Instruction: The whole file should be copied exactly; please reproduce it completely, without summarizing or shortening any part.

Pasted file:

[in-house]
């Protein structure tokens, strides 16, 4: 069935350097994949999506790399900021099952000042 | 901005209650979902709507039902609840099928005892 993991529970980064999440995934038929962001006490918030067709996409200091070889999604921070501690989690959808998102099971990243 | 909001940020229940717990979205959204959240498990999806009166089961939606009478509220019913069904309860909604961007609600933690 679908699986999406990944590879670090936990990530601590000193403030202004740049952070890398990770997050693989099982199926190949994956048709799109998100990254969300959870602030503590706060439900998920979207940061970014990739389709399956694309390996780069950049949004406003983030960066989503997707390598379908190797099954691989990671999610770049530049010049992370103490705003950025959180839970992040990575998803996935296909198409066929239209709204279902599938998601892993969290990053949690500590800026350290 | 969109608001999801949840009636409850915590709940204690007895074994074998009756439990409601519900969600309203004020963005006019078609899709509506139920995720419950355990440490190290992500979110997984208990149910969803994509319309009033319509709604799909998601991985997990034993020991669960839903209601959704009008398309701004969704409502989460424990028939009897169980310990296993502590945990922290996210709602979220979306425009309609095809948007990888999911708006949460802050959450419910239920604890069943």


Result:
[in-house]
């Protein structure tokens, strides 16, 4: 069935350097994949999506790399900021099952000042 | 901005209650979902709507039902609840099928005892 993991529970980064999440995934038929962001006490918030067709996409200091070889999604921070501690989690959808998102099971990243 | 909001940020229940717990979205959204959240498990999806009166089961939606009478509220019913069904309860909604961007609600933690 679908699986999406990944590879670090936990990530601590000193403030202004740049952070890398990770997050693989099982199926190949994956048709799109998100990254969300959870602030503590706060439900998920979207940061970014990739389709399956694309390996780069950049949004406003983030960066989503997707390598379908190797099954691989990671999610770049530049010049992370103490705003950025959180839970992040990575998803996935296909198409066929239209709204279902599938998601892993969290990053949690500590800026350290 | 969109608001999801949840009636409850915590709940204690007895074994074998009756439990409601519900969600309203004020963005006019078609899709509506139920995720419950355990440490190290992500979110997984208990149910969803994509319309009033319509709604799909998601991985997990034993020991669960839903209601959704009008398309701004969704409502989460424990028939009897169980310990296993502590945990922290996210709602979220979306425009309609095809948007990888999911708006949460802050959450419910239920604890069943």